Carmignac

Carmignac Sécurité: Letter from the Fund Manager

  • +2.31%
    Carmignac Sécurité’s performance

    in the 4th quarter of 2022 for the AW EUR Share class

  • -0.71%
    Reference indicator’s

    performance in the 4th quarter of 2022 for ICE BofA ML 1-3 years Euro All Government Index (EUR)

  • +3.02%
    Outperformance of the Fund

    over the quarter compared to the reference indicator

Carmignac Sécurité gained +2.31% in the fourth quarter of 2022, while its reference indicator was down –0.71%.1

The bond markets today

Bond markets posted record-breaking declines all year long and the fourth quarter was no exception. Conditions even worsened in Q4, making 2022 the bleakest year for sovereign bonds since the indices were first created. European sovereign indices were down by nearly 17% – and by close to 19% in France – underperforming a number of other asset classes and segments: corporate bonds, which shed almost 13% over the year; US Treasuries, which also fell by nearly 13% and recorded their worst losses since 1928; and, perhaps most surprisingly, most equity indices, which also ended 2022 in negative territory.

What we’re actually experiencing is an abrupt normalisation after nearly 15 years of large-scale liquidity injections and negative interest rates. This marks the end of an era of financial repression and opens up attractive prospects for fixed income, with levels of carry that we haven’t seen in over a decade.

The reasons for the abrupt normalisation in bond yields and credit spreads are the same as those outlined in our previous quarterly report:

  • Inflation, and especially core inflation (i.e. excluding food and energy prices), is stubbornly high. This has given rise to worries about knock-on effects. Headline inflation in the eurozone was down slightly, at just over 10% year over year in December, and core inflation should remain at around 5% in the first half of 2023.

  • Central banks have picked up the pace of monetary tightening in response, in order to restore their credibility and prevent inflation expectations from becoming unanchored. That’s in spite of the damage higher interest rates can cause to jobs and growth. The trend of monetary policy tightening around the world marks a real shift away from the policy of the past 15 years and is something we haven’t seen the likes of since the 1970s.

  • Governments have rolled out poorly targeted – and in any case probably not temporary – fiscal stimulus measures in order to help consumers cope with the higher cost of living. As we’ve seen in the UK, governments can lose their credibility quickly and with hefty consequences.

  • There has been no respite in the war between Russia and Ukraine. This is adding uncertainty, increasing inflationary pressure (e.g. through higher food and energy prices), and fuelling economic growth worries as a result of embargos (on oil) and disruptions to the supply of natural gas, minerals, fertiliser, and more.

At the ECB’s last meeting of the year, President Christine Lagarde surprised market participants who had become relaxed about inflationary risks and the prospects of monetary tightening. She took an unexpectedly hawkish stance – first, by announcing that the central bank would embark on a round of quantitative tightening (that is, winding down its balance sheet by not reinvesting the proceeds from maturing securities) to the tune of €15 billion per month starting in early March; and second, by indicating that the ECB will carry out additional 50-bp rate hikes in the first quarter of 2023, meaning its key policy rate could end up at over 3%.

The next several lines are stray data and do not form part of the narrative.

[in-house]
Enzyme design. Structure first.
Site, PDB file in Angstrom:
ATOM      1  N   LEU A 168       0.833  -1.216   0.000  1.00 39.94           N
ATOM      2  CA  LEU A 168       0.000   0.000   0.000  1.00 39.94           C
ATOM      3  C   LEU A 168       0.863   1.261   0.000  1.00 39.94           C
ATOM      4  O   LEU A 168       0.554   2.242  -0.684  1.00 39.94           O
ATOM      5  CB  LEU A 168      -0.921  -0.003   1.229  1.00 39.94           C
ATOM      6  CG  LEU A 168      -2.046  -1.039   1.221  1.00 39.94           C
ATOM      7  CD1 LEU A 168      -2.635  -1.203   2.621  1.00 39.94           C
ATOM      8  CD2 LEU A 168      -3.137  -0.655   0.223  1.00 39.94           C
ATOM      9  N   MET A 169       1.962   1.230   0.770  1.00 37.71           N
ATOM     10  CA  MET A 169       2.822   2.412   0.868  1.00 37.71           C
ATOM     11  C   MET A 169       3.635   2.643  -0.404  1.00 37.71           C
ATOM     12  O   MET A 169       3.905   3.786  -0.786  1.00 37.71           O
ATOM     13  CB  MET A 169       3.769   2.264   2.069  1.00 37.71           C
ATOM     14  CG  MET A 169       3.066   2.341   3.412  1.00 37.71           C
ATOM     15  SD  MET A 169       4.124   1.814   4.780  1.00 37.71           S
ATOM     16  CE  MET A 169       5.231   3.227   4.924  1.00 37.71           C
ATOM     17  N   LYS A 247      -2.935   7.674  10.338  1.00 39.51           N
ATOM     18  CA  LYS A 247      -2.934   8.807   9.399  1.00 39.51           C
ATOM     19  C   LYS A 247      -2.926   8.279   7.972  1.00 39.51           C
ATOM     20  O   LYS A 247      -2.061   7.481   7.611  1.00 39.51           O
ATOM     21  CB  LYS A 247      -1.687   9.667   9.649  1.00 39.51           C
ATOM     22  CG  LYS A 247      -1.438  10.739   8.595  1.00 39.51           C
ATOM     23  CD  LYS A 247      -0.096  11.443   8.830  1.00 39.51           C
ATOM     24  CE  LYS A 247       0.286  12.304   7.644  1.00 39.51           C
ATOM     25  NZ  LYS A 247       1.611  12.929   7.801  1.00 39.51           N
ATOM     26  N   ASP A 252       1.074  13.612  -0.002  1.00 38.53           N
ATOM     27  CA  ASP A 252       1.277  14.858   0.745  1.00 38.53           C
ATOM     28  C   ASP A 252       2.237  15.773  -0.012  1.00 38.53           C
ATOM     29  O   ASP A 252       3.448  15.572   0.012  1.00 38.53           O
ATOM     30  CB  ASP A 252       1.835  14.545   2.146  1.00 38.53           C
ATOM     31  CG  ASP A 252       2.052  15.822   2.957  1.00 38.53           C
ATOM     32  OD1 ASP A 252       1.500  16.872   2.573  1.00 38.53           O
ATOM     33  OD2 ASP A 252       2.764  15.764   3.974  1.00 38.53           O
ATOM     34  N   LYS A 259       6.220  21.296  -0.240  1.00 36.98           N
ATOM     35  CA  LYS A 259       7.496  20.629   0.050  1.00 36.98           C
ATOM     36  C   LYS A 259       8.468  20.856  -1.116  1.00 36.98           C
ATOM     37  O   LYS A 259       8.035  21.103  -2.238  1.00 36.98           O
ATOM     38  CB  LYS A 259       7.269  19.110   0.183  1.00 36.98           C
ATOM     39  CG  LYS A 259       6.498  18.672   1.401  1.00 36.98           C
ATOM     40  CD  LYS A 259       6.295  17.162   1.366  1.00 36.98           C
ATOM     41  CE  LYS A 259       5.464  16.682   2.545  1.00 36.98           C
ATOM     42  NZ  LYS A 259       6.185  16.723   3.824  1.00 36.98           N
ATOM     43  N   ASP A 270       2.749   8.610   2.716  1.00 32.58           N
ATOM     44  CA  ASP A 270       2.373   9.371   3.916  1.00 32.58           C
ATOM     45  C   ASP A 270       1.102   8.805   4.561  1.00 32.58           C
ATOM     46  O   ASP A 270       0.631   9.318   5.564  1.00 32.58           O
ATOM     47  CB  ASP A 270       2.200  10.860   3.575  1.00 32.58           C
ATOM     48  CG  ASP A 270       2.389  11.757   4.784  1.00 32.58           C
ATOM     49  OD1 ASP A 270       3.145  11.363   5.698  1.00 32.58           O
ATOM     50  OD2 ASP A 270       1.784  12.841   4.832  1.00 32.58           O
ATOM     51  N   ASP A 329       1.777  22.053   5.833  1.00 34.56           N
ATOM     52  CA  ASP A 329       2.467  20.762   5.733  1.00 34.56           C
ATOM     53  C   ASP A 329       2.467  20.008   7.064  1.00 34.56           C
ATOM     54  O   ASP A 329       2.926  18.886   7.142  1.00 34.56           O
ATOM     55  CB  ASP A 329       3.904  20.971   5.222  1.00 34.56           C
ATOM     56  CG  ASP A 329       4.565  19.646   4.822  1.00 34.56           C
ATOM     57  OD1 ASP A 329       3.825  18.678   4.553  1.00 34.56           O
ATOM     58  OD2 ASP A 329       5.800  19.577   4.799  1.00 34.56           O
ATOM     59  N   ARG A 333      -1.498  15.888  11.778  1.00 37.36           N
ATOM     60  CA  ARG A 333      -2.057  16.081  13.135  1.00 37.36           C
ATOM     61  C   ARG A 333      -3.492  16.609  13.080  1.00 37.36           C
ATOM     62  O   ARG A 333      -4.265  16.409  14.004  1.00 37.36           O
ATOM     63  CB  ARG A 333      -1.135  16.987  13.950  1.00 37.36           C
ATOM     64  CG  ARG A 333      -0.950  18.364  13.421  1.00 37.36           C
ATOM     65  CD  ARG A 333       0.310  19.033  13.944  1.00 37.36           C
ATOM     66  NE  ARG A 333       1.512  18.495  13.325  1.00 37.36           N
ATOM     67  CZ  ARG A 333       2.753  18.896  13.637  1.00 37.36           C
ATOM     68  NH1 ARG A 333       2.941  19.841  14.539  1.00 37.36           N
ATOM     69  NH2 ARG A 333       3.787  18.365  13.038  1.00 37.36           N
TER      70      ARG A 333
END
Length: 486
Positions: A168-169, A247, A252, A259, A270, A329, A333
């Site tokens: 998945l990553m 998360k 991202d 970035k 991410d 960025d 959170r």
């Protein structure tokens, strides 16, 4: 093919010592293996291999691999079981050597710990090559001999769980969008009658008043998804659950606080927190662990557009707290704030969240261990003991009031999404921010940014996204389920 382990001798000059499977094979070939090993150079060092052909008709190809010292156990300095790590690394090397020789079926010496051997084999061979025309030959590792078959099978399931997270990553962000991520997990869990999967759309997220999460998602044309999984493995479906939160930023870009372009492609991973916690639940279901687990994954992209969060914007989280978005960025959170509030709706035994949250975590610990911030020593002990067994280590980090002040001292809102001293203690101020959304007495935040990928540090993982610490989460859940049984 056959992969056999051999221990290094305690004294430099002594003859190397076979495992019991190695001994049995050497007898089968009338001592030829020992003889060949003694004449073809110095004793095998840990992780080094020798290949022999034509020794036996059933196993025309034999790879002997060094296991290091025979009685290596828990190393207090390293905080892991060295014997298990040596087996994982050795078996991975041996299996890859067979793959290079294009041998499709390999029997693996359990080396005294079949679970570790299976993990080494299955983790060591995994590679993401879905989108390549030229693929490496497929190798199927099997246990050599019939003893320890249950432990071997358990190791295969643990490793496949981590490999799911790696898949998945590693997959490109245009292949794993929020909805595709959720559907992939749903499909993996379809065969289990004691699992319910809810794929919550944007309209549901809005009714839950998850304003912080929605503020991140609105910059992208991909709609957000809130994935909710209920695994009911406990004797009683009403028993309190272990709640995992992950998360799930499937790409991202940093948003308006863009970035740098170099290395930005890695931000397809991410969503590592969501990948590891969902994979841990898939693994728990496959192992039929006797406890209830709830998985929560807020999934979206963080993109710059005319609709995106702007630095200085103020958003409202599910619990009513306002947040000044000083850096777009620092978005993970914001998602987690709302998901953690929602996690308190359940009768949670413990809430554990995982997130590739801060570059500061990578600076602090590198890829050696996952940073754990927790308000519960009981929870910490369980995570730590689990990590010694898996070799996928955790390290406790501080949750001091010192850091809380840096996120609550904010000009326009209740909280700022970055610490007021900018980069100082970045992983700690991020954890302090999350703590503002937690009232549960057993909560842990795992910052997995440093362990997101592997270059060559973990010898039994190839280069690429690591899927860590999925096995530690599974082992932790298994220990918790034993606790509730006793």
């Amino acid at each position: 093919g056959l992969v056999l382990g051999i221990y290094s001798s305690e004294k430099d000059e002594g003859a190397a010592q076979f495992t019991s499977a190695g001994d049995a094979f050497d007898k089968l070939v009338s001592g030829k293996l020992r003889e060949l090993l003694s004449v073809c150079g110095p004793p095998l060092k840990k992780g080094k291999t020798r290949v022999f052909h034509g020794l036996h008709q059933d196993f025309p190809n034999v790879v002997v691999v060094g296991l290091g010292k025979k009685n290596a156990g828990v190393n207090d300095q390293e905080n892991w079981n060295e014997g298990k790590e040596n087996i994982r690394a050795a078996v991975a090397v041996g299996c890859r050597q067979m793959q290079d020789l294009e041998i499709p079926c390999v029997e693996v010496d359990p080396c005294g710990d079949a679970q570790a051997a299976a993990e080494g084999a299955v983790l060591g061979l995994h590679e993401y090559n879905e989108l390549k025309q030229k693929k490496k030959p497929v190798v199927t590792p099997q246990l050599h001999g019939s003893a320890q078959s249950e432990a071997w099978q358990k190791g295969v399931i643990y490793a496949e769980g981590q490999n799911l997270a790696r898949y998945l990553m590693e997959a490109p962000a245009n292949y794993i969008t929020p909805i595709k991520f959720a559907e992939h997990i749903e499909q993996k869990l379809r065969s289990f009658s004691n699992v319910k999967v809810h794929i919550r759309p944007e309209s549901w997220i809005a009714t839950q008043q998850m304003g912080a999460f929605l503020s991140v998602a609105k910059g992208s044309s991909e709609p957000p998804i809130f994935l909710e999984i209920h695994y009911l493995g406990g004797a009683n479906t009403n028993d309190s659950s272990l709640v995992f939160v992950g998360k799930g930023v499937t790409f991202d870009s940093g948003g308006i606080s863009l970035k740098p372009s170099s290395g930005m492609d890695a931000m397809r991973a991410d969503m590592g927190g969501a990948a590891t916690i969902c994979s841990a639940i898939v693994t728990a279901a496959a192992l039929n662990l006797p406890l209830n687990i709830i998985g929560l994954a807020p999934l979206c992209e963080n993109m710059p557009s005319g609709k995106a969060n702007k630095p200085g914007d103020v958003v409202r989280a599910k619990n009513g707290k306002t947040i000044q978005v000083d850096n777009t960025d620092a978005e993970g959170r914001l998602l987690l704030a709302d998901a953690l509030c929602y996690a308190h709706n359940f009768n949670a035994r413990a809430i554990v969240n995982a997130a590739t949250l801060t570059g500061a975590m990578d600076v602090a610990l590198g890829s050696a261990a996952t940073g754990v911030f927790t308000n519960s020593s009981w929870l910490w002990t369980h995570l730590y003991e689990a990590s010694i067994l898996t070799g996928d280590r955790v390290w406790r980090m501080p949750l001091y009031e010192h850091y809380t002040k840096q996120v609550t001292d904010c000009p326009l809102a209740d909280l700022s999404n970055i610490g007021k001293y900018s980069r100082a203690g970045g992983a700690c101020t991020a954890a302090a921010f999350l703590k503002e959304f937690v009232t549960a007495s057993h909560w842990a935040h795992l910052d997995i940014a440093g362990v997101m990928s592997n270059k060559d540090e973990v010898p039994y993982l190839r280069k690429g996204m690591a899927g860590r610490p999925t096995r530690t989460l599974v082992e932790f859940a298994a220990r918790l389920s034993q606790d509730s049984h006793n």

What’s more, the Bank of Japan – which until now had been the only major central bank to maintain an accommodative stance – changed course on 20 December by expanding the range in which Japanese 10-year bond yields are allowed to fluctuate by 25 bp. All these factors pushed up sovereign bond yields around the world, after they had eased in the wake of good news about US inflation. Yields in Europe jumped by 70 bp in Q4 and ended the year at or near their 12-month highs. Italian bonds in particular suffered sell-offs, with the spread on 10-year BTPs relative to German Bunds widening from 180 bp at end-November to nearly 210 bp a month later.

In corporate bonds, spreads on both high yield and investment grade issues narrowed in Q4 after reaching record highs, although they did edge up following the ECB’s December meeting. Corporate bond prices have been underpinned recently by a levelling-off of US interest rates and brighter prospects for global growth now that Beijing has opened up China’s economy sooner than expected.

Performance

Carmignac Sécurité generated a positive return in the fourth quarter despite the challenging climate and record losses in fixed-income markets. That allowed us to erase all our underperformance relative to the reference indicator. We took advantage of the interest rate volatility in Q4 by increasing our modified duration to 2 in November and then lowering it to just under 1 ahead of both the ECB’s December meeting and the record volume of sovereign bond issues planned for January 2023. Our corporate bond holdings benefitted from the narrowing spreads in Q4 after what proved to be a difficult year for this segment. But one of our main performance drivers during the quarter (and for the months and quarters to come) is clearly the carry on our portfolio, which includes an annual yield to maturity of over 4.5% – a level we last achieved during the 2008–2009 financial crisis.